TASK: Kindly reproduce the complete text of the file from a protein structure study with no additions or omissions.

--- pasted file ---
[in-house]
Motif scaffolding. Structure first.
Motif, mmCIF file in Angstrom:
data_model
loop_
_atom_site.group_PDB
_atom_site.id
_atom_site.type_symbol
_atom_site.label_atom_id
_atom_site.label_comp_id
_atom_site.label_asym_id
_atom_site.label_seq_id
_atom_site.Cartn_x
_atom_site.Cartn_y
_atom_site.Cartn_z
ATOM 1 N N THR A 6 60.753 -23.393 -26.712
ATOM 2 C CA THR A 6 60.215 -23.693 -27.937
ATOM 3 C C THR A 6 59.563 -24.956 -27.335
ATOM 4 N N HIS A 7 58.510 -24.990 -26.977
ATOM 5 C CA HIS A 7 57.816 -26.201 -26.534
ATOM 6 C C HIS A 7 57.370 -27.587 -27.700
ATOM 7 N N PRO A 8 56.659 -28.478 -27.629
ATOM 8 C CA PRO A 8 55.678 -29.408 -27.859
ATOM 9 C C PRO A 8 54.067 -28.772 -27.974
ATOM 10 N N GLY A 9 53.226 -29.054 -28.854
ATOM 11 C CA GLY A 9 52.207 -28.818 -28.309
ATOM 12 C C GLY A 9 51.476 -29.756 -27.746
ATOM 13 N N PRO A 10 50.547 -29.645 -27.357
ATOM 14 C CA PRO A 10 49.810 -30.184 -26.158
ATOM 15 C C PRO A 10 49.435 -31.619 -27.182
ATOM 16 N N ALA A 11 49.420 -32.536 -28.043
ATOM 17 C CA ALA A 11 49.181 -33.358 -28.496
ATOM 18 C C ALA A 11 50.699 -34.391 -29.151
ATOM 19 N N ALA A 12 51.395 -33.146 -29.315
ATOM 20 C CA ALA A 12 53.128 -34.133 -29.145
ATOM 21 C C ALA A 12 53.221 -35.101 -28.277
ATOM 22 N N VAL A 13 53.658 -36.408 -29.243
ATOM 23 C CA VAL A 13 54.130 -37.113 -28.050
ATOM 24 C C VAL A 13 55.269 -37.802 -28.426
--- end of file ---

[in-house]
Motif scaffolding. Structure first.
Motif, mmCIF file in Angstrom:
data_model
loop_
_atom_site.group_PDB
_atom_site.id
_atom_site.type_symbol
_atom_site.label_atom_id
_atom_site.label_comp_id
_atom_site.label_asym_id
_atom_site.label_seq_id
_atom_site.Cartn_x
_atom_site.Cartn_y
_atom_site.Cartn_z
ATOM 1 N N THR A 6 60.753 -23.393 -26.712
ATOM 2 C CA THR A 6 60.215 -23.693 -27.937
ATOM 3 C C THR A 6 59.563 -24.956 -27.335
ATOM 4 N N HIS A 7 58.510 -24.990 -26.977
ATOM 5 C CA HIS A 7 57.816 -26.201 -26.534
ATOM 6 C C HIS A 7 57.370 -27.587 -27.700
ATOM 7 N N PRO A 8 56.659 -28.478 -27.629
ATOM 8 C CA PRO A 8 55.678 -29.408 -27.859
ATOM 9 C C PRO A 8 54.067 -28.772 -27.974
ATOM 10 N N GLY A 9 53.226 -29.054 -28.854
ATOM 11 C CA GLY A 9 52.207 -28.818 -28.309
ATOM 12 C C GLY A 9 51.476 -29.756 -27.746
ATOM 13 N N PRO A 10 50.547 -29.645 -27.357
ATOM 14 C CA PRO A 10 49.810 -30.184 -26.158
ATOM 15 C C PRO A 10 49.435 -31.619 -27.182
ATOM 16 N N ALA A 11 49.420 -32.536 -28.043
ATOM 17 C CA ALA A 11 49.181 -33.358 -28.496
ATOM 18 C C ALA A 11 50.699 -34.391 -29.151
ATOM 19 N N ALA A 12 51.395 -33.146 -29.315
ATOM 20 C CA ALA A 12 53.128 -34.133 -29.145
ATOM 21 C C ALA A 12 53.221 -35.101 -28.277
ATOM 22 N N VAL A 13 53.658 -36.408 -29.243
ATOM 23 C CA VAL A 13 54.130 -37.113 -28.050
ATOM 24 C C VAL A 13 55.269 -37.802 -28.426